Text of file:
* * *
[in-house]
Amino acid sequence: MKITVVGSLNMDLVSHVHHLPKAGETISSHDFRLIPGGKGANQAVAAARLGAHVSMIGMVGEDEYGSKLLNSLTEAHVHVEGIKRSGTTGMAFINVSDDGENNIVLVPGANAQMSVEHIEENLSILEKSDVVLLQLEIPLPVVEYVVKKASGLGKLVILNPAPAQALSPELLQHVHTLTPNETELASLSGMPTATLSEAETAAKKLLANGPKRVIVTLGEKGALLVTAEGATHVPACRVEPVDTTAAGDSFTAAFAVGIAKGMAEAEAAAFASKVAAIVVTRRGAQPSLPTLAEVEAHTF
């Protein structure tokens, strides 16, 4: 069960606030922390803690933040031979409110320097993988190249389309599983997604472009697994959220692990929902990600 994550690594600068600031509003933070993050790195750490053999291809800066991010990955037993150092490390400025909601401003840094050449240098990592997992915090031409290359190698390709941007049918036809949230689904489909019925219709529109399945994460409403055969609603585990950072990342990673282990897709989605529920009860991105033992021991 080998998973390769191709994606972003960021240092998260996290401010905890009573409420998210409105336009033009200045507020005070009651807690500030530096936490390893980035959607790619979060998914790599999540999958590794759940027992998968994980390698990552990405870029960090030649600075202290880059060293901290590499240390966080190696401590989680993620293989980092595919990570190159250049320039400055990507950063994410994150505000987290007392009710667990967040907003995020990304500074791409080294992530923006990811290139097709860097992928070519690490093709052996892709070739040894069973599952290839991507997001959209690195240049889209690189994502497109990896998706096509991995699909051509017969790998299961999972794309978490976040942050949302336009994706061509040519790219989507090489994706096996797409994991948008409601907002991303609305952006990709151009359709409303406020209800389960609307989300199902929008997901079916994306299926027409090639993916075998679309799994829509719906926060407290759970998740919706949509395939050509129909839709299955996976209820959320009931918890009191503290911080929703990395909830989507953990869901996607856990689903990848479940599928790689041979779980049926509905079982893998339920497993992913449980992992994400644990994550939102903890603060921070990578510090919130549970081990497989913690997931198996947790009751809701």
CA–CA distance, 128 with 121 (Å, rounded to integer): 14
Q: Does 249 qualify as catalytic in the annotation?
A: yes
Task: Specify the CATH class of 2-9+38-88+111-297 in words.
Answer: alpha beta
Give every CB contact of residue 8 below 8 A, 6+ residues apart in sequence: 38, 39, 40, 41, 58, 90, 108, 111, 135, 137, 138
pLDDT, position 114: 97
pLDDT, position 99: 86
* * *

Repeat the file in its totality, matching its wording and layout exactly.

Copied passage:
[in-house]
Amino acid sequence: MKITVVGSLNMDLVSHVHHLPKAGETISSHDFRLIPGGKGANQAVAAARLGAHVSMIGMVGEDEYGSKLLNSLTEAHVHVEGIKRSGTTGMAFINVSDDGENNIVLVPGANAQMSVEHIEENLSILEKSDVVLLQLEIPLPVVEYVVKKASGLGKLVILNPAPAQALSPELLQHVHTLTPNETELASLSGMPTATLSEAETAAKKLLANGPKRVIVTLGEKGALLVTAEGATHVPACRVEPVDTTAAGDSFTAAFAVGIAKGMAEAEAAAFASKVAAIVVTRRGAQPSLPTLAEVEAHTF
């Protein structure tokens, strides 16, 4: 069960606030922390803690933040031979409110320097993988190249389309599983997604472009697994959220692990929902990600 994550690594600068600031509003933070993050790195750490053999291809800066991010990955037993150092490390400025909601401003840094050449240098990592997992915090031409290359190698390709941007049918036809949230689904489909019925219709529109399945994460409403055969609603585990950072990342990673282990897709989605529920009860991105033992021991 080998998973390769191709994606972003960021240092998260996290401010905890009573409420998210409105336009033009200045507020005070009651807690500030530096936490390893980035959607790619979060998914790599999540999958590794759940027992998968994980390698990552990405870029960090030649600075202290880059060293901290590499240390966080190696401590989680993620293989980092595919990570190159250049320039400055990507950063994410994150505000987290007392009710667990967040907003995020990304500074791409080294992530923006990811290139097709860097992928070519690490093709052996892709070739040894069973599952290839991507997001959209690195240049889209690189994502497109990896998706096509991995699909051509017969790998299961999972794309978490976040942050949302336009994706061509040519790219989507090489994706096996797409994991948008409601907002991303609305952006990709151009359709409303406020209800389960609307989300199902929008997901079916994306299926027409090639993916075998679309799994829509719906926060407290759970998740919706949509395939050509129909839709299955996976209820959320009931918890009191503290911080929703990395909830989507953990869901996607856990689903990848479940599928790689041979779980049926509905079982893998339920497993992913449980992992994400644990994550939102903890603060921070990578510090919130549970081990497989913690997931198996947790009751809701």
CA–CA distance, 128 with 121 (Å, rounded to integer): 14
Q: Does 249 qualify as catalytic in the annotation?
A: yes
Task: Specify the CATH class of 2-9+38-88+111-297 in words.
Answer: alpha beta
Give every CB contact of residue 8 below 8 A, 6+ residues apart in sequence: 38, 39, 40, 41, 58, 90, 108, 111, 135, 137, 138
pLDDT, position 114: 97
pLDDT, position 99: 86